After students have completed their data collection with a mini-book, use repeated readings with partners, small groups, or individually to allow students to demonstrate the new information they have learned and improve their reading skills. Children can also color the minibook illustrations. Place completed books on display in the classroom reading center or other centers, as appropriate. Invite children to explore their classmates’ minibooks to make comparisons and deepen understanding.
Connections to the Standards: Math
The National Council of Teachers of Mathematics (NCTM) has outlined learning expectations for grades preK–12 in Principles and Standards for School Mathematics (NCTM, 2000). The Curriculum Focal Points for Prekindergarten Through Grade 8 Mathematics: A Quest for Coherence (NCTM, 2006) identifies, among these learning expectations, key concepts and skills for emphasis at each grade level. These curriculum focal points are designed to help teachers organize curriculum so that skills are developed in a structured, meaningful way. Each focal point, important for further study of mathematics both inside and outside of school, emphasizes the best practices to help children learn mathematics and connects with what is taught in earlier and later grade levels.
You will find the mini-books in this collection provide support for the standards and curriculum focal points for grades K–1 (see chart, below) and make important connections to other areas of mathematics, including the process standards (problem solving, reasoning and proof, communication, connections, and representations).
Connections to the Standards: Language Arts
In addition to supporting the math standards, the mini-books are aligned with the following reading and writing standards outlined by Mid-continent Research for Education and Learning (McREL), an organization that collects and synthesizes national and state K–12 curriculum standards.
• Uses meaning clues to aid comprehension and make predictions about content.
• Understands level-appropriate sight words and vocabulary.
• Uses reading skills and strategies to understand a variety of informational texts.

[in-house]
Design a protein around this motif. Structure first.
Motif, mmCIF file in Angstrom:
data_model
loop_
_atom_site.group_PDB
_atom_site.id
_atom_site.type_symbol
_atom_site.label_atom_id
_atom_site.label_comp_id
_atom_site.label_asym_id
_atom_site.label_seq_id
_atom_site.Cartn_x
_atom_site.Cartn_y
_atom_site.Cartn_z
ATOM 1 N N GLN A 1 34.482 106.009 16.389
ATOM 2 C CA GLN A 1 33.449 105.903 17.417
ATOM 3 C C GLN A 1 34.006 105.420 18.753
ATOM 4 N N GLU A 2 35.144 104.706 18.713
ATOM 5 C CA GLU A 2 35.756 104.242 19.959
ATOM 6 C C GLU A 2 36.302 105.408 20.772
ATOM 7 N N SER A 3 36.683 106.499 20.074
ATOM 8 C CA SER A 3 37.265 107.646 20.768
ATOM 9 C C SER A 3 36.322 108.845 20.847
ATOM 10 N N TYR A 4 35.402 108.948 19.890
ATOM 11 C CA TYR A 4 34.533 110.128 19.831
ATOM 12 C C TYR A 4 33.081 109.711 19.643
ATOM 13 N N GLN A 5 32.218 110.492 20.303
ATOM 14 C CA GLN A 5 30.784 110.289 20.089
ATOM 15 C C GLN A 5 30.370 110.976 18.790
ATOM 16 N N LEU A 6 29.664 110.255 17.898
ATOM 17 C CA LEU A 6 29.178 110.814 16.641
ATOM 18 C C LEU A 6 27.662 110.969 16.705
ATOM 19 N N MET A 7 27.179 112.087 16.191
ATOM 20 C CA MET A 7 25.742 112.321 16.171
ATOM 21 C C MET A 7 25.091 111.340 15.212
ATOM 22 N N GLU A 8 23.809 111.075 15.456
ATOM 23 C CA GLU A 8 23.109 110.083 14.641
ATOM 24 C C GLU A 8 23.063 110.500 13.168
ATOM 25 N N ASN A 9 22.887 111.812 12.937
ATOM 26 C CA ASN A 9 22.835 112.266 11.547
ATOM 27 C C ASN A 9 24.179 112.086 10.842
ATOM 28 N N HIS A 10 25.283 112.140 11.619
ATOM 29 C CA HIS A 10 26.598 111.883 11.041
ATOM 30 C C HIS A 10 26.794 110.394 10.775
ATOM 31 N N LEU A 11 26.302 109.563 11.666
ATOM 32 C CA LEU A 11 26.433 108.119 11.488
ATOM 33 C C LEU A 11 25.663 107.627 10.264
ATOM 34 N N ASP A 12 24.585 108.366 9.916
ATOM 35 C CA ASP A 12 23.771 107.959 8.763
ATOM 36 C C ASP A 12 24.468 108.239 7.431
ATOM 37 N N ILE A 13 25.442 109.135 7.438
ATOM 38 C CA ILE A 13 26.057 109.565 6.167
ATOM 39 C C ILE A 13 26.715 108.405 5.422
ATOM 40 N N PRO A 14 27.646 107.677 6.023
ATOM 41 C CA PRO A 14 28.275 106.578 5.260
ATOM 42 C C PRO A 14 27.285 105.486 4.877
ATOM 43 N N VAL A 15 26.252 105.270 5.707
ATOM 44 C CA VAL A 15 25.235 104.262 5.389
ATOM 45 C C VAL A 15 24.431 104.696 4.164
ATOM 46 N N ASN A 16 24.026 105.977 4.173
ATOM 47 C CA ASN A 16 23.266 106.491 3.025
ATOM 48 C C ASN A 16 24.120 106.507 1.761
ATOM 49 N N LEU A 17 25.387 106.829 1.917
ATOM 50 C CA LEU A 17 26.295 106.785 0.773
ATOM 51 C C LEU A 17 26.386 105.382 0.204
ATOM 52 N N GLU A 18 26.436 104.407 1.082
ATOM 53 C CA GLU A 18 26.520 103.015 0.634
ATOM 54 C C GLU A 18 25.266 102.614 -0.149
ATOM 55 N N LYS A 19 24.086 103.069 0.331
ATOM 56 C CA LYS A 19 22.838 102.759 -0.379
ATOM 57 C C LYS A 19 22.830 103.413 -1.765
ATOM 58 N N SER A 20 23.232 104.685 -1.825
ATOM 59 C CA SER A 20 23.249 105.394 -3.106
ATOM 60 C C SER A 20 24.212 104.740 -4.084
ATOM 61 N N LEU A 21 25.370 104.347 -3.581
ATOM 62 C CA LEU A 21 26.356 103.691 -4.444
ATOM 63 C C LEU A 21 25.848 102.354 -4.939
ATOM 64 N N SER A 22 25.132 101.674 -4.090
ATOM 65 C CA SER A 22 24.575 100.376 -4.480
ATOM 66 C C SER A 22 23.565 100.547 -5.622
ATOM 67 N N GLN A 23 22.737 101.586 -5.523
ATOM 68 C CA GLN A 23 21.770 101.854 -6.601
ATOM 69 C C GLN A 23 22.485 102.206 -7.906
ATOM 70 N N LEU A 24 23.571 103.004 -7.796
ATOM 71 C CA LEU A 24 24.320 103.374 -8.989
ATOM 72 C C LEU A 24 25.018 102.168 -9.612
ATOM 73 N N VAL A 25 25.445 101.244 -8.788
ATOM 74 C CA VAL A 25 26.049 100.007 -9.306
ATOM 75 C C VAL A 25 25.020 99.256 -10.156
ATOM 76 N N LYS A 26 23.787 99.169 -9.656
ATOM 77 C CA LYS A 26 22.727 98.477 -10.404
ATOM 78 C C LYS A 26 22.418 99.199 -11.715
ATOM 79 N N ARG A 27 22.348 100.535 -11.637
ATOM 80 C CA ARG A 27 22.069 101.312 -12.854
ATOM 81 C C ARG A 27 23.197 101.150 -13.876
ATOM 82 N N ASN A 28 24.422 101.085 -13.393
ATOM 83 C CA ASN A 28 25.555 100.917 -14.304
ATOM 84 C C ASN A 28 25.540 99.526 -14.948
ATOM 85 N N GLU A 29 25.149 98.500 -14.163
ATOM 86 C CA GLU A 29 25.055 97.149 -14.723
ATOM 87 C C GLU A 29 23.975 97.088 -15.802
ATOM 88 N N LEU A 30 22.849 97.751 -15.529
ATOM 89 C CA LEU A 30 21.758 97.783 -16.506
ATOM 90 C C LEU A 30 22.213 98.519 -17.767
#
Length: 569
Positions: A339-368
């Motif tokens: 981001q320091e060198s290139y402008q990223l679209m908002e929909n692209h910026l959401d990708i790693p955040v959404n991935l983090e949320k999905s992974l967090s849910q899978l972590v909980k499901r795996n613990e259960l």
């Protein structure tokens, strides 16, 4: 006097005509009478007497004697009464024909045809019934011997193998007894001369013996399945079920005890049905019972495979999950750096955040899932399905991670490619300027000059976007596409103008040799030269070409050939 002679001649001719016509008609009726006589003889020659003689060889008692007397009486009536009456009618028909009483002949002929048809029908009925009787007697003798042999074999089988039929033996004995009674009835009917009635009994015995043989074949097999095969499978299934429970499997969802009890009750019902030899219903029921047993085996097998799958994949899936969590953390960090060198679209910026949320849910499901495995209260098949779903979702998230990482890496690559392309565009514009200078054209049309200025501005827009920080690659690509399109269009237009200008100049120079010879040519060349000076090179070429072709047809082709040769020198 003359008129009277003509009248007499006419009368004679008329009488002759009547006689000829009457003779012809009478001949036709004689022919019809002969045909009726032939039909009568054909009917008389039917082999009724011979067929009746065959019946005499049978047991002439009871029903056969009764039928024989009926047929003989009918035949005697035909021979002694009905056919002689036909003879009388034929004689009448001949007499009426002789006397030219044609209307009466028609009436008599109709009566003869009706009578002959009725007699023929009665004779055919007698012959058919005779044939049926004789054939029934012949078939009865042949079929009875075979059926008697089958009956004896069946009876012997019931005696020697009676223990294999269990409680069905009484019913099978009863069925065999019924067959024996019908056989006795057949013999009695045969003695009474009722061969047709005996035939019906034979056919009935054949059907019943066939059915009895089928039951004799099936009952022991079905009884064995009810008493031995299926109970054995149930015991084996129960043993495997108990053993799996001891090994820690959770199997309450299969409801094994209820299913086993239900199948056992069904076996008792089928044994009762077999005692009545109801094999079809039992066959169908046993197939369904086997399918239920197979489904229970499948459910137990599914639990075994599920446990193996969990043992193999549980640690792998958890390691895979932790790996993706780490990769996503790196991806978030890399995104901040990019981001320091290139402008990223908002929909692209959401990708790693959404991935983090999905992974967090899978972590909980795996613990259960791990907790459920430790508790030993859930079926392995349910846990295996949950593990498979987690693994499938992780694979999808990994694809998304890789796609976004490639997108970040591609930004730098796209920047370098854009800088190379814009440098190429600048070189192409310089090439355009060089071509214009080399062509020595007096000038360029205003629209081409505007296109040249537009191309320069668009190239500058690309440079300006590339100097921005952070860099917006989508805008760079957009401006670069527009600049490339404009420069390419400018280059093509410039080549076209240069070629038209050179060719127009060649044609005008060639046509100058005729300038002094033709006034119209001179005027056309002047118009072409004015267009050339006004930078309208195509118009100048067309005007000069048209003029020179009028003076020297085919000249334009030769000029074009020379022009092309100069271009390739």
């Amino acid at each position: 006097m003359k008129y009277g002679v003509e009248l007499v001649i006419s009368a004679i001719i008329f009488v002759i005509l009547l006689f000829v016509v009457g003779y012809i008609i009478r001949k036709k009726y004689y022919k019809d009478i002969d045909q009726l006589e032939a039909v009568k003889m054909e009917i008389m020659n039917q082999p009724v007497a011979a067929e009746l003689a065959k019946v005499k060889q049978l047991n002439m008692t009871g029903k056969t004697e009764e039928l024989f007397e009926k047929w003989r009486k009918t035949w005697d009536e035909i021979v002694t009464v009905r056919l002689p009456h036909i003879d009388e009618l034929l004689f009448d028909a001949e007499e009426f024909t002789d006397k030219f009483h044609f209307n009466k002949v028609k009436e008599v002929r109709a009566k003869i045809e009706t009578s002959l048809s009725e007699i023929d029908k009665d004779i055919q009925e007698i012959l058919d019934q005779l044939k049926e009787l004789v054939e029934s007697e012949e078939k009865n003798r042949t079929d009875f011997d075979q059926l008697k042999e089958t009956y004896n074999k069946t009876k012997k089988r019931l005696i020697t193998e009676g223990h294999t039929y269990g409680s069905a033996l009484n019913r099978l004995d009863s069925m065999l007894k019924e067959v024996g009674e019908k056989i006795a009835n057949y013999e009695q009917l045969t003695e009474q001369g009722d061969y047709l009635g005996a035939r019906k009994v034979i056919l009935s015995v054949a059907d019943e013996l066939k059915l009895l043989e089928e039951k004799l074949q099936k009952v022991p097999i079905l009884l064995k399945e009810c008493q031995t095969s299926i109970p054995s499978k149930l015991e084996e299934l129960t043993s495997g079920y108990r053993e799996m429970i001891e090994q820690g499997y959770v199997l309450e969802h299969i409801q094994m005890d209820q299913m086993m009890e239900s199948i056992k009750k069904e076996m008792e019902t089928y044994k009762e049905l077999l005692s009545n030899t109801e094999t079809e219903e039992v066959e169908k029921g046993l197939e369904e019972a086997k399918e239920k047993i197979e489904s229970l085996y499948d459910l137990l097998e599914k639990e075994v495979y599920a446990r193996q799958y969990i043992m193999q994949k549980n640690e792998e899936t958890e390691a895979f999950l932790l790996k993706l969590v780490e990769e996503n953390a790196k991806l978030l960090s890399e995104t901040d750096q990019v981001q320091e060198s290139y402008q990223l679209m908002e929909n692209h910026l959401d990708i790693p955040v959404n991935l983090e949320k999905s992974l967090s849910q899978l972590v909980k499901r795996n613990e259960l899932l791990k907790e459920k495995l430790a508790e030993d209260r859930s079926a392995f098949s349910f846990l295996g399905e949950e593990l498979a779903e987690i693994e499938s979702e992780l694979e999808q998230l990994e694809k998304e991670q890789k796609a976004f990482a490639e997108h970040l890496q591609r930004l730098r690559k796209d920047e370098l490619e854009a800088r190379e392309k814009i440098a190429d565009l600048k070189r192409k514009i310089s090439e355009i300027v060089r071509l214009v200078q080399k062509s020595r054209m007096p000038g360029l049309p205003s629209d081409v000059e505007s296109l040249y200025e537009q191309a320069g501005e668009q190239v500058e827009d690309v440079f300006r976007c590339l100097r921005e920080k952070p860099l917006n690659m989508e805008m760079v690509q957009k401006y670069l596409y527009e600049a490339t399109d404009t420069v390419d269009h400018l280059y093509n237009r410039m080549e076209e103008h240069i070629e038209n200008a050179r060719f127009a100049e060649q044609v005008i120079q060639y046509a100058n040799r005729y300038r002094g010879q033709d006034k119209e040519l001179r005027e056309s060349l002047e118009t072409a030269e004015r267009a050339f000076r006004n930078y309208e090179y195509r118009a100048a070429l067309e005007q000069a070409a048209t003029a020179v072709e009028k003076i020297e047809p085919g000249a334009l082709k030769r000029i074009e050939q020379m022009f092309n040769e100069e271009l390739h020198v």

• Relates new information to prior knowledge and experience.
• Uses drawings to express thoughts, feelings, and ideas.
• Writes for different purposes.
• Gathers and uses information for research purposes.
• Generates questions about topics of personal interest.
• Uses a variety of sources to gather information.
Connections to the Standards: Science
The mini-books also connect with a number of the National Science Education Content Standards, the criteria intended to guide the quality of science teaching and learning in this country. The standards describe which science concepts children at different grade levels should understand and skills they should develop.
• Science as Inquiry: Scientific investigations involve asking and answering a question, observing, making predictions, comparing and contrasting, classifying, using tools to measure, gathering data, and recording and communicating results.
• Life Science: Plants have different structures that serve different functions in growth and survival.
• Science in Personal & Social Perspectives: Nutrition is essential to health; students should understand how eating a variety of foods contributes to health.
• Earth Science: Earth materials include solid rocks that have different physical properties.
• Physical Science: Substances such as liquids have many observable properties including size, shape, and color, and the ability to react with other substances.
Several of the mini-books, for example, “Count the School” (page 8), and “Seasons Full of Birthdays” (page 29), have children use tallying as a way to keep track of the data they collect. Tallying also lets children practice one-to-one correspondence in counting. Before children use any of the mini-books that involve tallying, introduce them to this useful skill.
- Begin by modeling tallying during a morning meeting (or other opening exercise). Tally how many days you have been in school for the month. For each day, invite students to notice how you form the tally mark – either by making a vertical line or a diagonal line. Reinforce that the first four lines in a bundle of five are evenly spaced vertical lines, with every fifth line drawn diagonally across the first four (see right). If you tally ten or more days, draw a circle around every two sets of five to visually indicate 10.